wild speculation

The Best Westworld Fan Theories About the Season-Two Premiere

Photo: HBO

Television’s most addictive obsession is back. The first season of HBO’s Westworld was a puzzle box of mounting questions and fan theories, several of which were figured out by fans early in season — Bernard is a host! William is the Man in the Black! — and several of which were left unanswered for the new season. In Sunday night’s season premiere, “Journey Into Night,” Westworld laid to rest a few of those mysteries, but it also served up plenty of new ones in their place. Which, of course, means one thing: Welcome back to the world of Westworld fan theories! Let’s dive in, shall we?

Theory No. 1: Westworld is on another planet

Let’s start with the season-one theory that’s torn to shreds by “Journey Into Night.” Westworld fans had lots of ideas about exactly where something as ambitious and gigantic as these parks could possibly exist. Might it be possible that Westworld was built on an entirely different planet?

Status: DEBUNKED! Nope, it’s near China! Early in the premiere, we meet Delos tough guy Karl Strand, who tells off a man wearing a Chinese military uniform and explained that Delos has “complete control” over the island they’re standing on. Unless China has taken over Mars (or other parts of Earth), Westworld is firmly located in that part of the world. As Vanity Fair’s Joanna Robinson notes in her thorough breakdown, there are Easter eggs buried in season one that affirm this, too: During a video chat, somebody speaks to Theresa in Mandarin, and Maeve escapes to a train station with a Chinese P.A. announcement in the season finale. That’s not all! Remember how Maeve got that slip of paper about the location of her daughter? The Finnish subtitles included coordinates that point to a man-made island between Vietnam and the Philippines … in a string of islands owned at least in part by the Chinese.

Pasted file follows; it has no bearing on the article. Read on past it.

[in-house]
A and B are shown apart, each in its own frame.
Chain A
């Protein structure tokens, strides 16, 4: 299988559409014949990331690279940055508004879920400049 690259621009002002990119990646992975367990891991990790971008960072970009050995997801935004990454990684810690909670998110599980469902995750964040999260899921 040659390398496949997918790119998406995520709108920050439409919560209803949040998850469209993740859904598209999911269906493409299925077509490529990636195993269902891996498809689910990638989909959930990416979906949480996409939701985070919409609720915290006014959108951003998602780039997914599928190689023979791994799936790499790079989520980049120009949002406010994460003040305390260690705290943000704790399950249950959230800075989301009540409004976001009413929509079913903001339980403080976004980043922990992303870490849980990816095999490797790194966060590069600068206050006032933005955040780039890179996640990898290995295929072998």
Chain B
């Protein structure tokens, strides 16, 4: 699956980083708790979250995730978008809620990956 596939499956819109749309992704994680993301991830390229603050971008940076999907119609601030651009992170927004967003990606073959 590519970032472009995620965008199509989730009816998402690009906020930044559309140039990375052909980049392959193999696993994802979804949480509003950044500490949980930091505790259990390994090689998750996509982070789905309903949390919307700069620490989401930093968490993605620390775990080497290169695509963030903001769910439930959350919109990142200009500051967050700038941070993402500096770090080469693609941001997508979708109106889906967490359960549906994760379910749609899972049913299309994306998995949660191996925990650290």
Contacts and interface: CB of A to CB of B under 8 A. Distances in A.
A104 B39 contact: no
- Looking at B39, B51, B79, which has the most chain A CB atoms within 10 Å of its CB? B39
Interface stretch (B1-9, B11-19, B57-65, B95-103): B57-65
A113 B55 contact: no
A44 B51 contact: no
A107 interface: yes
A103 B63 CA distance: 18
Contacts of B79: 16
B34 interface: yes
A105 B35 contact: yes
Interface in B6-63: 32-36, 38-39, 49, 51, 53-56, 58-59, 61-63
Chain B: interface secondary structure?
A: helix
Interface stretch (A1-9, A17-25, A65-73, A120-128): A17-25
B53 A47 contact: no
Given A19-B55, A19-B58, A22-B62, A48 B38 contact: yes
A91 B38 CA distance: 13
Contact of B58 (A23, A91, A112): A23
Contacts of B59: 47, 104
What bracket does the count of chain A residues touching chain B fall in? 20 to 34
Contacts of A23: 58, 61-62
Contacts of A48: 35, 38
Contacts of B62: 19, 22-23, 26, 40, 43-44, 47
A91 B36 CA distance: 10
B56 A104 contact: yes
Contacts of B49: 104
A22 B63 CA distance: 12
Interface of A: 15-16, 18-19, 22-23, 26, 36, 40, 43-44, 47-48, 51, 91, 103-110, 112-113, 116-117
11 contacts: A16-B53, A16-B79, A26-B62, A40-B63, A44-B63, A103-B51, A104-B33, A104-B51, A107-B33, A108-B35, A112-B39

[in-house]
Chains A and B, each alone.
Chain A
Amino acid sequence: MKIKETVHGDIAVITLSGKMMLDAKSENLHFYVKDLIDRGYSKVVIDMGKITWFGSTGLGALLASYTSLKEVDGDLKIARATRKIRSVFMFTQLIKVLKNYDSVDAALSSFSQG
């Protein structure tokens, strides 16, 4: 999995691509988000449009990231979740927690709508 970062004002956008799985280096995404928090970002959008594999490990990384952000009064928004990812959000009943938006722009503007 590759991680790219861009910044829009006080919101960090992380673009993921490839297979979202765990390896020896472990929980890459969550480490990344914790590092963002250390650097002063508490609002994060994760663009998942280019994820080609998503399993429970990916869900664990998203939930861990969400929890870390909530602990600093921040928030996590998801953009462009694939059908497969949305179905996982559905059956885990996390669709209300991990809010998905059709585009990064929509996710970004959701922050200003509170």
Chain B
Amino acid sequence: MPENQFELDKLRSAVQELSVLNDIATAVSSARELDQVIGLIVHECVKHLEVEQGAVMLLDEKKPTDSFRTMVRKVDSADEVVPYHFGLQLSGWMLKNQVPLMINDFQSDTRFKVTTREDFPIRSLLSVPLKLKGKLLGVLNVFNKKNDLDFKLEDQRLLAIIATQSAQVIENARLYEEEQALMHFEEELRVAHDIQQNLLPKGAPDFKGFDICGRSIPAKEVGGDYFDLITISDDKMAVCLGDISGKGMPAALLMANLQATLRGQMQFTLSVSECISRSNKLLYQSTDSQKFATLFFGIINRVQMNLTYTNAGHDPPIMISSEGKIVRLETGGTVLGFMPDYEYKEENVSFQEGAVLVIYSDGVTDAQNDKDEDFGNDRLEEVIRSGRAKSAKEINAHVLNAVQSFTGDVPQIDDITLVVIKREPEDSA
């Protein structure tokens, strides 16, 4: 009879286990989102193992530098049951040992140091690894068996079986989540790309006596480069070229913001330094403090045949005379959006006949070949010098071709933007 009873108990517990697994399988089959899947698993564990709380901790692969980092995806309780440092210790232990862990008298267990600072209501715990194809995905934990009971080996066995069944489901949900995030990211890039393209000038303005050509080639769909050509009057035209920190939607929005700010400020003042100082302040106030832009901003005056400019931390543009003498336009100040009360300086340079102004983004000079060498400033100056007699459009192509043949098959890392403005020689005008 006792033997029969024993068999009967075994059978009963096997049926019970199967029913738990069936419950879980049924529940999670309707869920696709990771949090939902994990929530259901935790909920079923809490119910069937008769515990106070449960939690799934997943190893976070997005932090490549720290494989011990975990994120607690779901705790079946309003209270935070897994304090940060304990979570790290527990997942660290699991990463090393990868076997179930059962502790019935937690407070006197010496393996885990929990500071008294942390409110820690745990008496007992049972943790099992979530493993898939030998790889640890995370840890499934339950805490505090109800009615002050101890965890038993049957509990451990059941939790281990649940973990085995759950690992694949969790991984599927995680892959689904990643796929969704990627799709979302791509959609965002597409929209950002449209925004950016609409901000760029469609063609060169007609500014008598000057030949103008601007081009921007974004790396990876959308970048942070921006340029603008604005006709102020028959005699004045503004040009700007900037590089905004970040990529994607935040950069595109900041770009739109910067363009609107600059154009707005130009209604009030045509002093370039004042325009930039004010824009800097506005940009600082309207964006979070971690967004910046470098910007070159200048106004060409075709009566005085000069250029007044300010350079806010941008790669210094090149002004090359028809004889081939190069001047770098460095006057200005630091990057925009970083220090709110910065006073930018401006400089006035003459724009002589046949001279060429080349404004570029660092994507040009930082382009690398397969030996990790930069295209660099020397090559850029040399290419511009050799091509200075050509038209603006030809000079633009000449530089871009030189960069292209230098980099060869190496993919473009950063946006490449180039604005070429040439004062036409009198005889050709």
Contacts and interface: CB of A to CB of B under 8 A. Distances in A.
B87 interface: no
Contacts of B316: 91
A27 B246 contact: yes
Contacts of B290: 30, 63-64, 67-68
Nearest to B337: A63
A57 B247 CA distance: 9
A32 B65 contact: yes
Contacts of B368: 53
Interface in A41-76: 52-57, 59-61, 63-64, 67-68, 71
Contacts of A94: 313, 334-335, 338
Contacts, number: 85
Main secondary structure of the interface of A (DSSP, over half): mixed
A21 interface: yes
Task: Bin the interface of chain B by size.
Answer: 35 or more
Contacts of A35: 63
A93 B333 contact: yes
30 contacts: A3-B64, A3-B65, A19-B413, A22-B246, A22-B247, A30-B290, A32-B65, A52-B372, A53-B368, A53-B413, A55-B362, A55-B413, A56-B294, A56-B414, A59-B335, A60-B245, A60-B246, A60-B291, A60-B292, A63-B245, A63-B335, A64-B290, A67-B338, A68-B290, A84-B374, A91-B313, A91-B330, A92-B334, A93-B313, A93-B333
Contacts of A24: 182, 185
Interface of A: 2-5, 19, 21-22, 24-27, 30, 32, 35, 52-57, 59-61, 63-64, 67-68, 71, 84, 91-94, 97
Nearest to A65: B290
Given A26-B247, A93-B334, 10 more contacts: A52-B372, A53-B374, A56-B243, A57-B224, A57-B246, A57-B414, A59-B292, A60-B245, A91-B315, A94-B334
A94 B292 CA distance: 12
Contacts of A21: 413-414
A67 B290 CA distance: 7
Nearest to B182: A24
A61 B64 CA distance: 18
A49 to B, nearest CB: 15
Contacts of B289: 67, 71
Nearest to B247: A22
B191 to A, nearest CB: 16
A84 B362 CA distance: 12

Theory No. 2: Robert Ford isn’t dead

At the end of last season, Dolores shot Dr. Ford in the head, but fans instantly started to wonder if death isn’t really death in Westworld. Given the amount of time devoted to Ford’s hands in his final scenes — hands are often the tell for hosts, apparently — some sleuths were convinced that Dolores actually shot an android version of the park’s puppet master instead of the real thing.